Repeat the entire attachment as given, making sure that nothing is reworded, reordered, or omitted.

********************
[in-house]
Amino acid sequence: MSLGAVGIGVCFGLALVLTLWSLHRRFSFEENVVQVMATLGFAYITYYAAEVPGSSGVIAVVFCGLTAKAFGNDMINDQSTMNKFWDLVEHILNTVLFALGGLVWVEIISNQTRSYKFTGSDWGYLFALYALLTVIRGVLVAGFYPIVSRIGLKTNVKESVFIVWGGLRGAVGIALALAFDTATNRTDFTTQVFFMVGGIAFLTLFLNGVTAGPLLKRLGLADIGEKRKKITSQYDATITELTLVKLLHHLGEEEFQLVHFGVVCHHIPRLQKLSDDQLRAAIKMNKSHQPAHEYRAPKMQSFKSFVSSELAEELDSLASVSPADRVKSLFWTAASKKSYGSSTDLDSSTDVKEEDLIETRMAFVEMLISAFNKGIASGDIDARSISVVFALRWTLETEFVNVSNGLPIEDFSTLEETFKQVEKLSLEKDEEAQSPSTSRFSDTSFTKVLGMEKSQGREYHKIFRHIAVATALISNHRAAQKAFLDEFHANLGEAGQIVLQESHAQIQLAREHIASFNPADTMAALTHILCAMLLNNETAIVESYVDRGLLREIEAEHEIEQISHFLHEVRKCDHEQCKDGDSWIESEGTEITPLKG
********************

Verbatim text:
[in-house]
Amino acid sequence: MSLGAVGIGVCFGLALVLTLWSLHRRFSFEENVVQVMATLGFAYITYYAAEVPGSSGVIAVVFCGLTAKAFGNDMINDQSTMNKFWDLVEHILNTVLFALGGLVWVEIISNQTRSYKFTGSDWGYLFALYALLTVIRGVLVAGFYPIVSRIGLKTNVKESVFIVWGGLRGAVGIALALAFDTATNRTDFTTQVFFMVGGIAFLTLFLNGVTAGPLLKRLGLADIGEKRKKITSQYDATITELTLVKLLHHLGEEEFQLVHFGVVCHHIPRLQKLSDDQLRAAIKMNKSHQPAHEYRAPKMQSFKSFVSSELAEELDSLASVSPADRVKSLFWTAASKKSYGSSTDLDSSTDVKEEDLIETRMAFVEMLISAFNKGIASGDIDARSISVVFALRWTLETEFVNVSNGLPIEDFSTLEETFKQVEKLSLEKDEEAQSPSTSRFSDTSFTKVLGMEKSQGREYHKIFRHIAVATALISNHRAAQKAFLDEFHANLGEAGQIVLQESHAQIQLAREHIASFNPADTMAALTHILCAMLLNNETAIVESYVDRGLLREIEAEHEIEQISHFLHEVRKCDHEQCKDGDSWIESEGTEITPLKG